The CPUs

Apple keeps things simple across the 2013 MacBook Air lineup by configuring both 11 and 13-inch models with the same base CPU: a Core i5-4250U.

To understand Apple’s CPU choice, you have to understand that Apple is primarily concerned about improving battery life this generation. The line between MacBook Air and MacBook Pro has to be well defined. The Air is about portability, while the Pro is about performance. When faced with a power/performance tradeoff, it’s clear on which side of the fence Apple will fall whenever the MacBook Air is concerned.

Apple 2013 MacBook Air CPU Comparison
  1.3GHz dual-core 1.7GHz dual-core
Standard On 11 & 13-inch MBA Optional on Both
Intel Model Core i5-4250U Core i7-4650U
Base Clock Speed 1.3GHz 1.7GHz
Max SC Turbo 2.6GHz 3.3GHz
Max DC Turbo 2.3GHz 2.9GHz
L3 Cache 3MB 4MB
TSX-NI No Yes
TXT No Yes
AES-NI Yes Yes
VT-x/VT-x EPT Yes Yes
VT-d Yes Yes
TDP 15W 15W
Processor Graphics Intel HD 5000 Intel HD 5000
GPU Clock (Base/Max) 200/1000MHz 200/1100MHz

The lower base clock alone shouldn’t mean much, but the max TDP of the CPUs in the new MacBook Air falls as well - from 17W down to 15W. The thermal limit is even more dramatic since with Haswell ULT, the 15W includes the CPU/GPU as well as the on-package PCH. In Ivy Bridge the PCH was off package and wasn’t included in the 17W TDP.

Max turbo clocks are identical between the Haswell ULT CPUs Apple picked this round and the Ivy Bridge models before, but with a lower TDP it’ll be harder to always sustain the same frequencies given the right workload.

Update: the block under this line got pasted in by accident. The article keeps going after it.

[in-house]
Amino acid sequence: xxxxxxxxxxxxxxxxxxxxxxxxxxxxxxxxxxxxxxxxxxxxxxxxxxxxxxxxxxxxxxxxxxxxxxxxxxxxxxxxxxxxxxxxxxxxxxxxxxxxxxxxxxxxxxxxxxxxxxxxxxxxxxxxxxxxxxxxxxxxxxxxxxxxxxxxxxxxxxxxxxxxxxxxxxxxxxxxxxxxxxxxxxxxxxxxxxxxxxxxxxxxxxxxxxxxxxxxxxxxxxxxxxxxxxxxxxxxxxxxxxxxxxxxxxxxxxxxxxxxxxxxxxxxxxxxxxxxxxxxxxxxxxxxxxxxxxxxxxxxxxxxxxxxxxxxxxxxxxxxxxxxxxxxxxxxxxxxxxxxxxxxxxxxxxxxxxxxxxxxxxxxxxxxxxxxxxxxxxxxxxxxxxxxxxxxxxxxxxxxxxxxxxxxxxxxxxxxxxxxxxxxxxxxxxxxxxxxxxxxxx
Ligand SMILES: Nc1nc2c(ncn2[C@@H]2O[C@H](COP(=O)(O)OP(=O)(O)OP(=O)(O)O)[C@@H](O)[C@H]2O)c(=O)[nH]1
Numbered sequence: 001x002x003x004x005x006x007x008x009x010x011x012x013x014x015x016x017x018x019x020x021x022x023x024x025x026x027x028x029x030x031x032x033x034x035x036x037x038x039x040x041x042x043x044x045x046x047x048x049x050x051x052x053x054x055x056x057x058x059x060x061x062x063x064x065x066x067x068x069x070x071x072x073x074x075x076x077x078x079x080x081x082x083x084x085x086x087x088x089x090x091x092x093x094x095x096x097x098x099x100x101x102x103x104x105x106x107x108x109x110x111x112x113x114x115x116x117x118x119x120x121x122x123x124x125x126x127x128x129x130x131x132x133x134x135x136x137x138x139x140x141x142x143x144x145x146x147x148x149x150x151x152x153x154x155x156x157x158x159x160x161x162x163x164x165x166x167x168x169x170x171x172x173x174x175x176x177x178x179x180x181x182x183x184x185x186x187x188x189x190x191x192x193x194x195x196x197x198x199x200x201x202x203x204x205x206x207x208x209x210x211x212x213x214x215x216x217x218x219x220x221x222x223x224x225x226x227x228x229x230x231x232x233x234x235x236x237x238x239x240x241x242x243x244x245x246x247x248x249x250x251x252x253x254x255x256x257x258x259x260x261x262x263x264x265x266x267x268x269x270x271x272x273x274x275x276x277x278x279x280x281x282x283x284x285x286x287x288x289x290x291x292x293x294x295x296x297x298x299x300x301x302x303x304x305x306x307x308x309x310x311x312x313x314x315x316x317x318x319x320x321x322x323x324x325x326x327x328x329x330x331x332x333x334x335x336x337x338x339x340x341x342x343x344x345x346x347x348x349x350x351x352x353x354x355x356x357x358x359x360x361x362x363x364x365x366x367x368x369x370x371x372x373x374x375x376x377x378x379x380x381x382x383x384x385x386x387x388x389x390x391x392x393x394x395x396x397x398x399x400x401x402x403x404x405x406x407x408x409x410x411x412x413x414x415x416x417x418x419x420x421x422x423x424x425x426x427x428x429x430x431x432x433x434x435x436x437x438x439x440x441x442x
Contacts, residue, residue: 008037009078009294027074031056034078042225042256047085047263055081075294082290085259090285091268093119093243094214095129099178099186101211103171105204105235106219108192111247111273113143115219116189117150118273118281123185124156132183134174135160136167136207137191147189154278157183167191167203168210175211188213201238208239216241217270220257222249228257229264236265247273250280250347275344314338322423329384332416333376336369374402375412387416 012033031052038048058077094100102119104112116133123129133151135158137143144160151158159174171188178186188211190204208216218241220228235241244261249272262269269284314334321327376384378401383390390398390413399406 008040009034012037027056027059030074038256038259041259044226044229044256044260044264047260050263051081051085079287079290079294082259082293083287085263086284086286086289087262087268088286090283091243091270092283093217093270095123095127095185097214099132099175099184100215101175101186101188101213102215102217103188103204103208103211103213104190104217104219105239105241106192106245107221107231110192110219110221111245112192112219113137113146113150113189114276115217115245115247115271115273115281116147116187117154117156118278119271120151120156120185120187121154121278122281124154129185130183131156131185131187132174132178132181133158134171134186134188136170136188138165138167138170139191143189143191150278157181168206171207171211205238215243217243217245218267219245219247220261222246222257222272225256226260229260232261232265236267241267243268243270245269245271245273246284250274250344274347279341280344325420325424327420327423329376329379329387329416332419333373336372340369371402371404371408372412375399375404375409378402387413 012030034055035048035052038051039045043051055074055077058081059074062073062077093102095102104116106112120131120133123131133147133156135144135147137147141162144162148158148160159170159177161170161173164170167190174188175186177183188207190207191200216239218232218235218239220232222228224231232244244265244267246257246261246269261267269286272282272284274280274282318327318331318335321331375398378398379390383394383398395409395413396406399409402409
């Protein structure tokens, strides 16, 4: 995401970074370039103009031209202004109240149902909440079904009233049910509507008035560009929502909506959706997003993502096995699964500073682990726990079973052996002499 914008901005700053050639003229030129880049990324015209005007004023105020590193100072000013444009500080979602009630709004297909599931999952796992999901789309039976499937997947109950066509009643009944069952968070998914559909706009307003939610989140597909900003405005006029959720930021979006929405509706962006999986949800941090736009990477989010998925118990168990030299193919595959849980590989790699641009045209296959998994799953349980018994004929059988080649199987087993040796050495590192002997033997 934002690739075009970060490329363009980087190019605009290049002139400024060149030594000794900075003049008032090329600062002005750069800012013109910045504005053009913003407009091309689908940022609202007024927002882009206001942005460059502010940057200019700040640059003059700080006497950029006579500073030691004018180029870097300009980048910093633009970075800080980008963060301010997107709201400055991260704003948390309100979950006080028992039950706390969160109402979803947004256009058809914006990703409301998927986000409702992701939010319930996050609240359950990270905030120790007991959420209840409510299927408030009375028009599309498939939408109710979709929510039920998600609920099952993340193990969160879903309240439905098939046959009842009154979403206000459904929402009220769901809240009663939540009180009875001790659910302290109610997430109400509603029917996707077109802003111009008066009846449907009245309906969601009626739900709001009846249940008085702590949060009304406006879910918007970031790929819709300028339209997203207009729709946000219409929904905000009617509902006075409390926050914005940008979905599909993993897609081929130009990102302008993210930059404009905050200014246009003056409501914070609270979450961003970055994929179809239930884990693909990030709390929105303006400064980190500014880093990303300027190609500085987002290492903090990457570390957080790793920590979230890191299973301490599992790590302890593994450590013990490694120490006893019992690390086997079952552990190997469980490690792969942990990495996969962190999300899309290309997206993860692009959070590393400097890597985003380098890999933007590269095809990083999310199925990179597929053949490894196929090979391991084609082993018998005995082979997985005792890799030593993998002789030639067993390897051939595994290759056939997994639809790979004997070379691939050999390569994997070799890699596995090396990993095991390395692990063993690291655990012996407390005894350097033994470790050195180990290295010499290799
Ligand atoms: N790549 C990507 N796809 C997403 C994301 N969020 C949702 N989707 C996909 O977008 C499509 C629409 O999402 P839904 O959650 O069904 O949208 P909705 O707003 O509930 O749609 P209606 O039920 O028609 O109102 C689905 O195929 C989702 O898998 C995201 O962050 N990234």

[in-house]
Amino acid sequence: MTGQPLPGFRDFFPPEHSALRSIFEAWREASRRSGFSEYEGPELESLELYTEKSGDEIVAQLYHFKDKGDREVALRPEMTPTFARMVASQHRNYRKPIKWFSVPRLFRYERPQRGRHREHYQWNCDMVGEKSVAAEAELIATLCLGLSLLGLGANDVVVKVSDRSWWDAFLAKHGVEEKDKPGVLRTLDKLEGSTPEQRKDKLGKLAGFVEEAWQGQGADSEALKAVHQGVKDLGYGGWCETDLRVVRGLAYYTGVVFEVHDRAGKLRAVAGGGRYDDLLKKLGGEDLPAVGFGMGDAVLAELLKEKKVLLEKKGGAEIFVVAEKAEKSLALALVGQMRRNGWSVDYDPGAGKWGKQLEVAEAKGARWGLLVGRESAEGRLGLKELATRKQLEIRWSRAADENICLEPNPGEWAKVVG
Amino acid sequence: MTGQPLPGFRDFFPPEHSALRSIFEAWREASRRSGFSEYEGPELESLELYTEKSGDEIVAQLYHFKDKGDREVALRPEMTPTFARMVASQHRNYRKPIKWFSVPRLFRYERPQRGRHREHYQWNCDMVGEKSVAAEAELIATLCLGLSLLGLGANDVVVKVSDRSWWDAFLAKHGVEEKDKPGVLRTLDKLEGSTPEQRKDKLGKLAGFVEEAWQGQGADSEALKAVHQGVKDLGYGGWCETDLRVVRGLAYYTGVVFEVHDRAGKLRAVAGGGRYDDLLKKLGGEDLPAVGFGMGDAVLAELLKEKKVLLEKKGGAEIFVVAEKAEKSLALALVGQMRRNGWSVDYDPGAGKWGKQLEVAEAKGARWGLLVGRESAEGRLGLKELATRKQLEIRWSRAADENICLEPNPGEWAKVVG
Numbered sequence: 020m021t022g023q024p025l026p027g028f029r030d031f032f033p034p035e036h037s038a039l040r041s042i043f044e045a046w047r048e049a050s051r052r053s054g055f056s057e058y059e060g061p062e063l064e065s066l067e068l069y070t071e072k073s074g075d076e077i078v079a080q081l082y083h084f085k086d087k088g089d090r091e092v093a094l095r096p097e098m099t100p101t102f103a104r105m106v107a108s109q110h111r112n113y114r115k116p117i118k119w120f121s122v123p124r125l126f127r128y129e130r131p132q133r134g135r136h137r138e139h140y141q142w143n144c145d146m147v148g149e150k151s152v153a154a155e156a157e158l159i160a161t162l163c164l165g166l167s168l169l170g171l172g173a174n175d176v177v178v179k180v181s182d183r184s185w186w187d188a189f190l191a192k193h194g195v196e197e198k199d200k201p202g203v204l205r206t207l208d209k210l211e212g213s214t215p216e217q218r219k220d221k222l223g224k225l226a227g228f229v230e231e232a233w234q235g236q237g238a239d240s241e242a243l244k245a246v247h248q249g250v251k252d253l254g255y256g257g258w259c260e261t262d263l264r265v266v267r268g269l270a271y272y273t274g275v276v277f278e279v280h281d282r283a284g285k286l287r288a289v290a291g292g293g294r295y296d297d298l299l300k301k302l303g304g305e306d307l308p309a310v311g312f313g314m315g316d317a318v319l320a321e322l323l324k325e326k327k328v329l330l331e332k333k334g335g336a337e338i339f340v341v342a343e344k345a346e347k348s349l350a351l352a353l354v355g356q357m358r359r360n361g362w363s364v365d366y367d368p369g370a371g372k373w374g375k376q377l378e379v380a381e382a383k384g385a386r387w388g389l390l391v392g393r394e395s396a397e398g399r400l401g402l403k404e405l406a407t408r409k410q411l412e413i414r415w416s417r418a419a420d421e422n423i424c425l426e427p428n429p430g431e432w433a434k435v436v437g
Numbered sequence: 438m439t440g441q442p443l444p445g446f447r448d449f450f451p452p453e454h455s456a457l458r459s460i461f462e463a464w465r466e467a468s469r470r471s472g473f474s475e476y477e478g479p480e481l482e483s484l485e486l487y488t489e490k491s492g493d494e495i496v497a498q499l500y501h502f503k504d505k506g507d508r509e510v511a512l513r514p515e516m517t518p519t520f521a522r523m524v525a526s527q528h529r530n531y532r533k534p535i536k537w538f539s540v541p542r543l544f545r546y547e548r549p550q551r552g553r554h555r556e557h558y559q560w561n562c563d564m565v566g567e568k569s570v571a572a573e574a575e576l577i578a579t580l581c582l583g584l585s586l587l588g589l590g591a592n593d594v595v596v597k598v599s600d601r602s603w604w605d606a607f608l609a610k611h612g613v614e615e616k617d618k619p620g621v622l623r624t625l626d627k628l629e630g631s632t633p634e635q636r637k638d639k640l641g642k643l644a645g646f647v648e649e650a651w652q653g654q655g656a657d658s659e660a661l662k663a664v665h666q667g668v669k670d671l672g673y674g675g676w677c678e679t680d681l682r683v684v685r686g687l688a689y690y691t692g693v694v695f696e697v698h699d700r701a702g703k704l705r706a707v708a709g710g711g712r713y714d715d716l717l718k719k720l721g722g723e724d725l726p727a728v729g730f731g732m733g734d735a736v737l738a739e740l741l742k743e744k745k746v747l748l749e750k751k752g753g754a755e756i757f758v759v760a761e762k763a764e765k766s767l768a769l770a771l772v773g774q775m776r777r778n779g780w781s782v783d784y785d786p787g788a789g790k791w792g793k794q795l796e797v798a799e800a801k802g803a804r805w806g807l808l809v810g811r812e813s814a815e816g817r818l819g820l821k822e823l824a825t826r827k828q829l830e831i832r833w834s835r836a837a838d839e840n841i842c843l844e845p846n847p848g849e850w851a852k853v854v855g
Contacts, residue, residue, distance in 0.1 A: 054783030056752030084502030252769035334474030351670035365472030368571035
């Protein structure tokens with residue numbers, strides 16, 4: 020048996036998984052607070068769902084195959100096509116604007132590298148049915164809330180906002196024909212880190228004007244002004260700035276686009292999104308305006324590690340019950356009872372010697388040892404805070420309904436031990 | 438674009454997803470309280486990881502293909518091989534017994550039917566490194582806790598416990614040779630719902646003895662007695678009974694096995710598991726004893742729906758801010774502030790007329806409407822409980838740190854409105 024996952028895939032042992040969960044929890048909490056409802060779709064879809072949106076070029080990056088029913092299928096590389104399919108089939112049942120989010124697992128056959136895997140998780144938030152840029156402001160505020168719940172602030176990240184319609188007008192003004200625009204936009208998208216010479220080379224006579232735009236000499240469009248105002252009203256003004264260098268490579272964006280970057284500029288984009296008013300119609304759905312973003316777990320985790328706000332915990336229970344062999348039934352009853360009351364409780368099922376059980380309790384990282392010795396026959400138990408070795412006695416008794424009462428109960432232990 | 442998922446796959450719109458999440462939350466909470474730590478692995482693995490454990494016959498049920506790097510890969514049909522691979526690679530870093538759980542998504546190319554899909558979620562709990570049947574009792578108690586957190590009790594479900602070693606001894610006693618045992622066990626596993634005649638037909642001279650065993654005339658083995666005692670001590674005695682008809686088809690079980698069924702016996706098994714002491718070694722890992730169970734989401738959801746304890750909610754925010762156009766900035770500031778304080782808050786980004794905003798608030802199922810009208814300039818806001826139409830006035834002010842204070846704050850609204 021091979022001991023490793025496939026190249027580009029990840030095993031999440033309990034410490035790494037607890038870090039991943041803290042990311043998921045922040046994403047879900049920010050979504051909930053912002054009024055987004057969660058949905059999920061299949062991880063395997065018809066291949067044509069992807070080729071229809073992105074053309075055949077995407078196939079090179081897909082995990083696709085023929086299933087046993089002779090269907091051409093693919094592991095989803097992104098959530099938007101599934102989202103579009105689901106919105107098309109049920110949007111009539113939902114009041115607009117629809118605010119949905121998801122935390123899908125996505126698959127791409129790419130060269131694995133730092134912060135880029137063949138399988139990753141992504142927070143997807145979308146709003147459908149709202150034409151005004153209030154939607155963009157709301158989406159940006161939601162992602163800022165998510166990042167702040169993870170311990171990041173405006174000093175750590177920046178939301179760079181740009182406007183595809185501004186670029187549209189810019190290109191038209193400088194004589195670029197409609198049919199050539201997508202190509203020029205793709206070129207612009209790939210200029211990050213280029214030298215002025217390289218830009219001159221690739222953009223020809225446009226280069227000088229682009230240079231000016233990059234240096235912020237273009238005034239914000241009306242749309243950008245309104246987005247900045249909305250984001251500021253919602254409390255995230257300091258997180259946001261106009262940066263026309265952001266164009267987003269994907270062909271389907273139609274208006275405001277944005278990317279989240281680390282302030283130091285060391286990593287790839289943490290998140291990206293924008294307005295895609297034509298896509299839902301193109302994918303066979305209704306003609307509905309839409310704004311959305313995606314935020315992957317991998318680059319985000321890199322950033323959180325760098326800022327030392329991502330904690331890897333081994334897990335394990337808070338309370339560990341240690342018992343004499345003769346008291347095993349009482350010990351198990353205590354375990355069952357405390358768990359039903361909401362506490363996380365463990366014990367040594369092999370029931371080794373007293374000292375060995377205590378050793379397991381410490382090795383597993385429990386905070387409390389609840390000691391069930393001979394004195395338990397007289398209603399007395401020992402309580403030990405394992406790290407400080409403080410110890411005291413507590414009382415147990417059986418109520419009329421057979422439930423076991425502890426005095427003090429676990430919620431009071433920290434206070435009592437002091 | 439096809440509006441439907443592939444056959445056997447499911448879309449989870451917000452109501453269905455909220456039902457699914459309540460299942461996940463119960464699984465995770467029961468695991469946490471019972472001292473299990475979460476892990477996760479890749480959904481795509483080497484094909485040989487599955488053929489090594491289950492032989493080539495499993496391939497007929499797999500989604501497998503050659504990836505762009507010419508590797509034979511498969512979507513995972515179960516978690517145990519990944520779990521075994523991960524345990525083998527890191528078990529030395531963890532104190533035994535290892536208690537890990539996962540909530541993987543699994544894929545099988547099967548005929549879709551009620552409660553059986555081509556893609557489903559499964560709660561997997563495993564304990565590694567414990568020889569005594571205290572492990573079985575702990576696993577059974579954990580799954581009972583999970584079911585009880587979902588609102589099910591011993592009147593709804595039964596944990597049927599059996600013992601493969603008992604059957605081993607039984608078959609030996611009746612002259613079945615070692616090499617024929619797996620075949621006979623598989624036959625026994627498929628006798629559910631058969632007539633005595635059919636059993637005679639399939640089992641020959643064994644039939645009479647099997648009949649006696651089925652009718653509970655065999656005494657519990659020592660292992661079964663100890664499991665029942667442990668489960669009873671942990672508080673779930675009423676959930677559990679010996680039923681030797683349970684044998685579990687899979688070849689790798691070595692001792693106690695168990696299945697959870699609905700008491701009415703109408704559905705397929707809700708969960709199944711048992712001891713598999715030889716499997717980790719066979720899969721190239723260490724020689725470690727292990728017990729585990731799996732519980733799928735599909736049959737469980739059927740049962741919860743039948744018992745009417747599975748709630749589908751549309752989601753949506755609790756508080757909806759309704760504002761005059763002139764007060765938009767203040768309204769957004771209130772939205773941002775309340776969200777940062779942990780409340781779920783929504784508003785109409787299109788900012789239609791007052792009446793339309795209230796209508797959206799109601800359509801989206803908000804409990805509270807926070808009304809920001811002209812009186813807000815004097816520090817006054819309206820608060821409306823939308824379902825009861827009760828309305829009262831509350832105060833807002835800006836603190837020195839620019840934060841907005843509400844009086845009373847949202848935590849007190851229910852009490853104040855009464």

Haswell does feature a not insignificant gain in IPC compared to Ivy Bridge, which should help offset the power constraints that could otherwise force a larger regression in performance.

Both 2013 MBAs ship with the same CPU by default, and both can be upgraded to the same higher end SKU: a Core i7-4650U. The 4650U retains the same 15W TDP as the i5-4250U, but it increases its base clock speed to 1.7GHz and max turbo to 3.3GHz. The L3 cache also grows from 3MB to 4MB. All in all, this should be a very healthy upgrade in performance. Intel likely maintains the same TDP by binning for power; the i7-4650U is probably capable of running at higher frequencies without any appreciable increase in voltage. The max GPU clock also goes up by 10%.

Haswell ULT, Courtesy iFixit

What's arguably coolest about the i7-4650U is it enables Haswell's Transactional Synchronization Extensions (TSX-NI), a feature which is unfortunately disabled on the i5-4250U. I don't suspect this will matter much for most MBA users, but anyone looking to play around with Haswell's TSX instructions will want to opt for the higher end SKU. The upgrade costs $150 regardless of base model. Intel charges $454 for the i7-4650U and $342 for the i5-4250U, a difference of $112; Apple is adding another $38 onto the 1KU pricing, which isn't unreasonable.

Many have asked me what the impact of the i7 will be on battery life. I'm hoping to get my hands on an i7 based machine when I return from the UK in a week, but for those of you making immediate decisions I'll offer the following. Sustained operation at higher frequencies will likely draw more power, and negatively impact battery life. Light to medium workloads will enjoy a mix of race to sleep benefits as well as higher power consumption under load. Idle power should be roughly similar between the parts however. For most workloads I'd expect a modest impact to battery life, but it won't be enough to regress to 2012 levels of battery life. All of this is said without knowing key details like operating voltage for most 4650Us. I plan on addressing that shortly.